I was watching the "Nature of Things' by David Suzuki over the weekend. It was fascinating to find out that both Ecuador (in 2008) and Bolivia (in 2010) passed laws which included the rights of nature. Ecuador has made a constitutional amendment to include the Rights of Nature. It sounds like a great idea. I believe other nations should do the same to protect nature and hence the environment. Read the amendment below.
Ecuador is the first nation to include the rights of nature in its constitution:
Rights of nature
Article 71. Nature, or Pacha Mama, where life is reproduced and occurs, has the right to integral respect for its existence and for the maintenance and regeneration of its life cycles, structure, functions and evolutionary processes.
All persons, communities, peoples and nations can call upon public authorities to enforce the rights of nature. To enforce and interpret these rights, the principles set forth in the Constitution shall be observed, as appropriate.
The State shall give incentives to natural persons and legal entities and to communities to protect nature and to promote respect for all the elements comprising an ecosystem.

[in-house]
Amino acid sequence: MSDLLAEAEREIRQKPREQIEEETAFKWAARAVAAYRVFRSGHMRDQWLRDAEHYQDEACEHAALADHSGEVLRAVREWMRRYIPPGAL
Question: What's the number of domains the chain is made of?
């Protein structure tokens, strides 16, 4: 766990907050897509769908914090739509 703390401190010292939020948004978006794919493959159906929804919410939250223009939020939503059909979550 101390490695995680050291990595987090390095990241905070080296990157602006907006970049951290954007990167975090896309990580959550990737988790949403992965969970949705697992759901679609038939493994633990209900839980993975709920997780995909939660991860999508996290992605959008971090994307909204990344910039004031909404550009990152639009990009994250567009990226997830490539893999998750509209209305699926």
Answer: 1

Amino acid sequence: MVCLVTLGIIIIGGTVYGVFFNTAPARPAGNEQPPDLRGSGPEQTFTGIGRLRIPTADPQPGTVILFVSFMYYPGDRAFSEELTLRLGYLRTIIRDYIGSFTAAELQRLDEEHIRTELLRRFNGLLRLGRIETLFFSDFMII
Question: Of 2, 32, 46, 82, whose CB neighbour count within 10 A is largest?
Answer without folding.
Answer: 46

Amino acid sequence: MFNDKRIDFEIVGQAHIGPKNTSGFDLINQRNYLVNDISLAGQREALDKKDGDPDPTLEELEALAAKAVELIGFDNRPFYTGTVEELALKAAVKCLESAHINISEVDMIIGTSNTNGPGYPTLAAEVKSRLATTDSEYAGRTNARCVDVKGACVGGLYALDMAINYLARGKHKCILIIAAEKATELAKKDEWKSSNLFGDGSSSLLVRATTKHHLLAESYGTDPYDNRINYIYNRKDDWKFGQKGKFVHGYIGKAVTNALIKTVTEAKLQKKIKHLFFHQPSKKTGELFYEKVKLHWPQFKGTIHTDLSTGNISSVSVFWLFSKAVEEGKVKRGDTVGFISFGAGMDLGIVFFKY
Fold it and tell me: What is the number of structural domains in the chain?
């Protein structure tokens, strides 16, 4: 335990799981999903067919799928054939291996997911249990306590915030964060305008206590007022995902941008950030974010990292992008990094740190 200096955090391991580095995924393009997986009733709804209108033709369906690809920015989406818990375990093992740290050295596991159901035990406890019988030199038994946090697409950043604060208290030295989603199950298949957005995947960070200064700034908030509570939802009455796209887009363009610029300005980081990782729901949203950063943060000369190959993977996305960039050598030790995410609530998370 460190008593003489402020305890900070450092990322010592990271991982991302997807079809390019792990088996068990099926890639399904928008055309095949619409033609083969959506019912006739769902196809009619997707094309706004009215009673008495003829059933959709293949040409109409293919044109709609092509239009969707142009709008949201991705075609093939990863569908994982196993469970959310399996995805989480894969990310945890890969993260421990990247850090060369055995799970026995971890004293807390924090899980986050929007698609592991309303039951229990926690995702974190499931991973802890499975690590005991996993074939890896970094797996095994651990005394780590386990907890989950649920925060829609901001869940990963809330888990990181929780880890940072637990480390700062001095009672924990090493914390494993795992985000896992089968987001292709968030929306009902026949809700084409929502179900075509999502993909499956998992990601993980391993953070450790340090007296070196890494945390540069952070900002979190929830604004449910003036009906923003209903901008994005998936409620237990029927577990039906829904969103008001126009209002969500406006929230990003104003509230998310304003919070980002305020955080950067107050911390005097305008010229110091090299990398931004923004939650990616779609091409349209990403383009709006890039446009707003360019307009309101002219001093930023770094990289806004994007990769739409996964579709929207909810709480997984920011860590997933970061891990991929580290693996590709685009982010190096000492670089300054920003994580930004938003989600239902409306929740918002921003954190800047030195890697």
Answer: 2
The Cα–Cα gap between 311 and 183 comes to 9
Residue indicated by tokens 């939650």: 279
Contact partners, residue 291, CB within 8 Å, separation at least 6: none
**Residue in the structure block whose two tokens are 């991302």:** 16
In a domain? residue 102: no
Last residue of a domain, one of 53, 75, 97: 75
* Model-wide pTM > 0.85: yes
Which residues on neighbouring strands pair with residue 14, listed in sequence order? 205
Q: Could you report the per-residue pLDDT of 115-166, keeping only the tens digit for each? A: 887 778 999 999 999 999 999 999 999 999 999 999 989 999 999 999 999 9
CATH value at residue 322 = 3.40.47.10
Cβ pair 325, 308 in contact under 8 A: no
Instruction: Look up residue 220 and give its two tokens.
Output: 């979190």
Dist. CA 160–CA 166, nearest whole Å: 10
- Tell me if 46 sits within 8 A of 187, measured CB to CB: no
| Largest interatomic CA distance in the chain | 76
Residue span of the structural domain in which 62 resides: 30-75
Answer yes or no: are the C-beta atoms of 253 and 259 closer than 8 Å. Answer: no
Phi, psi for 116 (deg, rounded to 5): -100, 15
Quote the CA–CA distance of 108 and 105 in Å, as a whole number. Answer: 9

Article 72. Nature has the right to be restored. This restoration shall be apart from the obligation of the State and natural persons or legal entities to compensate individuals and communities that depend on affected natural systems.
In those cases of severe or permanent environmental impact, including those caused by the exploitation of nonrenewable natural resources, the State shall establish the most effective mechanisms to achieve the restoration and shall adopt adequate measures to eliminate or mitigate harmful environmental consequences.” Read more here.
Read about David Suzuki's Andean Adventure here.
A video worth watching: The importance of Rights of Nature in Preserving Ecuador’s Rainforest.
Read more about David Tucker, Global Alliance for the Rights of Nature here.
If you have time then you can watch David Suzuki's full episode here.
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